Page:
Last year, the U.S. state department said it had uncovered a fake embassy in Accra that had been issuing a stream of forged visas. The story went viral—but all was not as it seemed.
The most feared man in the country is set to become the next Zimbabwean president. A year ago, he gave a rare interview to Martin Fletcher.
The Moringa School is providing tech training to students in Kenya. Participants learn how to code and develop mobile apps. The school says they have a 95 percent job placement rate for graduates.
Three years after courts struck down a “Kill the Gays” law, LGBTQ Ugandans weigh the cost of participating in a society that hasn’t always accepted their right to live.
At risk of extinction in as little as 10 years, African conservation groups work to protect one of the continent’s most precious animals.
Algerian sheepherders Shareef BouAziz and Ahmed Moudjadje both say they can't imagine doing any other work, but unyielding environmental changes have made their jobs much more difficult.
Like nearly every child with autism in Morocco, my sons did not have equal access to education, which is the subject of a documentary I am producing.
Mental illness knows no borders. One relentless Indian psychiatrist pushes to make treatment a standard around the world.
Use Uber, get a local phone number, and above all, don't schedule more than two sit-down interviews a day.
When a reporter takes too many risks, who pays the price? Sonia Kenebeck looks at the case of Michael Scott Moore.
The more time Spinner spends in Morocco, the less progressive it seems, especially when it comes to women’s rights.
In Senegal, an imam spreads the word about the dangers of female genital mutilation in an attempt to end the age-old practice.
An immersive, transmedia book project for the iPad on the birth of the world's newest country from photographer Trevor Snapp and reporter Alan Boswell.
Nairobi’s Dandora Municipal Dump Site has been officially "full" for years and is implicated in a host of diseases--yet provides employment to scavengers. Views from the dump and from those nearby.
From the slums of Nairobi to the sugar plantations of the Dominican Republic to the far reaches of Bangladesh, entire communities live without citizenship rights. They are “the stateless”.
More people in poor countries die from cancer than from HIV/AIDS, tuberculosis and malaria combined. Joanne Silberner looks at the human toll of cancer, and possible solutions.
The Pulitzer Center and The College of William & Mary created a unique initiative to provide deeper global learning and storytelling experiences for students.
With support from William & Mary alumni, Anne and Barry Sharp, The College launched its Campus Consortium partnership in fall 2011 with the...
Senegal’s hip-hop artists are voicing their nation’s anger and leading a movement to stop President Abdoulaye Wade from staging what they say is a constitutional coup.
The Sahara is steadily advancing south into the Sahel region of Africa, but leaders of 11 African nations hope to plant a Great Green Wall of trees to block the world’s largest desert.
With access to Equatorial Guinea normally tightly controlled by the government, a showcase soccer tournament gives a rare glimpse of life in a rich country wracked by poverty.
On the one-year anniversary of the Tunisian revolution, a nation struggles with the transition from autocracy to democracy in the face of growing unemployment and religious conservatism.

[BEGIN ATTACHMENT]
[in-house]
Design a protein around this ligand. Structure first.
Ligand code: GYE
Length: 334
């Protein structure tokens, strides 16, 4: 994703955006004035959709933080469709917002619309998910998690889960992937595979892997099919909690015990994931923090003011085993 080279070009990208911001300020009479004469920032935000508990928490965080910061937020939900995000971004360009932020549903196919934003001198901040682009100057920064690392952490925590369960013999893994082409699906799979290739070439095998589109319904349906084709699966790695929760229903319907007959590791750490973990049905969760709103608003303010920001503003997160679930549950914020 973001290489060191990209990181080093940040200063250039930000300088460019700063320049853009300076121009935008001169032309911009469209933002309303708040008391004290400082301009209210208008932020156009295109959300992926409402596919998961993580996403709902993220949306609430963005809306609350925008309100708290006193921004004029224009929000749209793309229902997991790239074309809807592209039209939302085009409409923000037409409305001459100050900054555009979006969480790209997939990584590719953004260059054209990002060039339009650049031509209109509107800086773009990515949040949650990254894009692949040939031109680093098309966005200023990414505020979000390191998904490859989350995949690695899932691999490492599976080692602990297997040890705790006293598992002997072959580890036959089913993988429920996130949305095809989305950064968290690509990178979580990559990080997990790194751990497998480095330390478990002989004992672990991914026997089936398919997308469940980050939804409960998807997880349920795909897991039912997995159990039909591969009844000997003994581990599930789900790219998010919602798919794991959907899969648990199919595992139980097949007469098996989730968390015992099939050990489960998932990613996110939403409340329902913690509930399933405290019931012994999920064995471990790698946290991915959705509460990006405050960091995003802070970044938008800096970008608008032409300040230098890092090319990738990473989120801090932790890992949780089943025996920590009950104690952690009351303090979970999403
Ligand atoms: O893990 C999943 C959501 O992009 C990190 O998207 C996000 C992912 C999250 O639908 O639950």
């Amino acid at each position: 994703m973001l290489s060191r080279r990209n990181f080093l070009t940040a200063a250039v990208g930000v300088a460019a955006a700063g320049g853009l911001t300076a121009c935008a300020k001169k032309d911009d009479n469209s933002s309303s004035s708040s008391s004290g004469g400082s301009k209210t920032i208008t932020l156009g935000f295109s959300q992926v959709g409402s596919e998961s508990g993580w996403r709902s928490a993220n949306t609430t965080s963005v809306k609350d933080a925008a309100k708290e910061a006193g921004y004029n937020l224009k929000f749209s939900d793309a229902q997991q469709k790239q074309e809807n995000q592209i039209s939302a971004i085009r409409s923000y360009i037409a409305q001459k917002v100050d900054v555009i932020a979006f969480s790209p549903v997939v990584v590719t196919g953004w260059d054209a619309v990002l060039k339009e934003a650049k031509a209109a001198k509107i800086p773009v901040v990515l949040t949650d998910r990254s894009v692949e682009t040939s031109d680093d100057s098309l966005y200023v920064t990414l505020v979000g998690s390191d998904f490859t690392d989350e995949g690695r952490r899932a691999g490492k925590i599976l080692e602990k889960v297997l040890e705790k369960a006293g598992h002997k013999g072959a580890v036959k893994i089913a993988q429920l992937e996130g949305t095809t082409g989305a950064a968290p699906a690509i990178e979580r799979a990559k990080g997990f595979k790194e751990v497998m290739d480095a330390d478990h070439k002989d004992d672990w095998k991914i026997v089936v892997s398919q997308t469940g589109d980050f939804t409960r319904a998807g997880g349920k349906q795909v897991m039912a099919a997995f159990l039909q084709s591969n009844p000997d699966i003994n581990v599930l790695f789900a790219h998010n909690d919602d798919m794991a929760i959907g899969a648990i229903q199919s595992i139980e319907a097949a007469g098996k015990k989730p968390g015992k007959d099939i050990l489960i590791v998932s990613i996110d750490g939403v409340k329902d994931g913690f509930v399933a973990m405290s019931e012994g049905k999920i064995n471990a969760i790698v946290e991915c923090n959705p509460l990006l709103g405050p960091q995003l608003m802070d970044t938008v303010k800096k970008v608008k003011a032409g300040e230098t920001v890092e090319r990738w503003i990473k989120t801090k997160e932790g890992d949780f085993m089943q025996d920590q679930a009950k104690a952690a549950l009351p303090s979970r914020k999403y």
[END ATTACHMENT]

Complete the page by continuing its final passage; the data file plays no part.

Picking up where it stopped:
In Accra, capital of Ghana, residents cope with water scarcity while the state water company rakes in cash from abroad.
This reporting initiative partners African and US journalists to explore critical challenges in reproductive health and family planning—and what they mean for life, death and socio-economic stability.
After recent political violence divided communities, some in Ivory Coast look to local water management as a key to reconciliation, social cohesion and long-lasting peace.
Inadequate medical care, substandard sanitation, and counterfeit drugs are just some of the reasons why malaria continues to claim millions of lives worldwide. Could chemoprevention be the answer?
Fiona Lloyd-Davies' documentary on rape in the Congo is lauded as a "visually stunning and gut-achingly harrowing new film."
Pulitzer Center grantee Meera Senthilingam, in a report for CNN Health, notes that tuberculosis has long been known as a disease of poverty.
In February, Pulitzer Center grantee Josh Hammer boarded a UN flight to Kidal, becoming the first journalist to visit the bleak outpost in the Malian desert since last November.
Photographer Robin Hammond honored for his focus on mental health in Africa, student fellow Varsha Ramakrishnan for her reporting on dowry violence in India.
The 1,000-day period from the beginning of pregnancy to a child’s second birthday influences an individual’s ability to grow, learn, and work.
When wealthy nations decide to punish poor nations for alleged bad behavior, it is not the leaders of the poor nations who suffer, but rather the poor themselves.
A government crackdown against dissidents? No, this is a government crackdown against sexual orientation. Uganda’s President Yoweri Museveni last week signed a law that criminalizes homosexual acts.
Cross continents with eleven of our grantee journalists as they take you into the mines to show you where we get our gold––exposing the hidden social and environmental costs of this business.
Last month D.C. students got a chance to talk with photojournalist Robin Hammond, who was just honored this week with two international photography awards.
Each day, an estimated 35,000 people join a Pentecostal church. Of the world's two billion Christians, a quarter are now Pentecostals—up from just 6 percent in 1980.
The Pulitzer Center staff shares favorite images from 2013.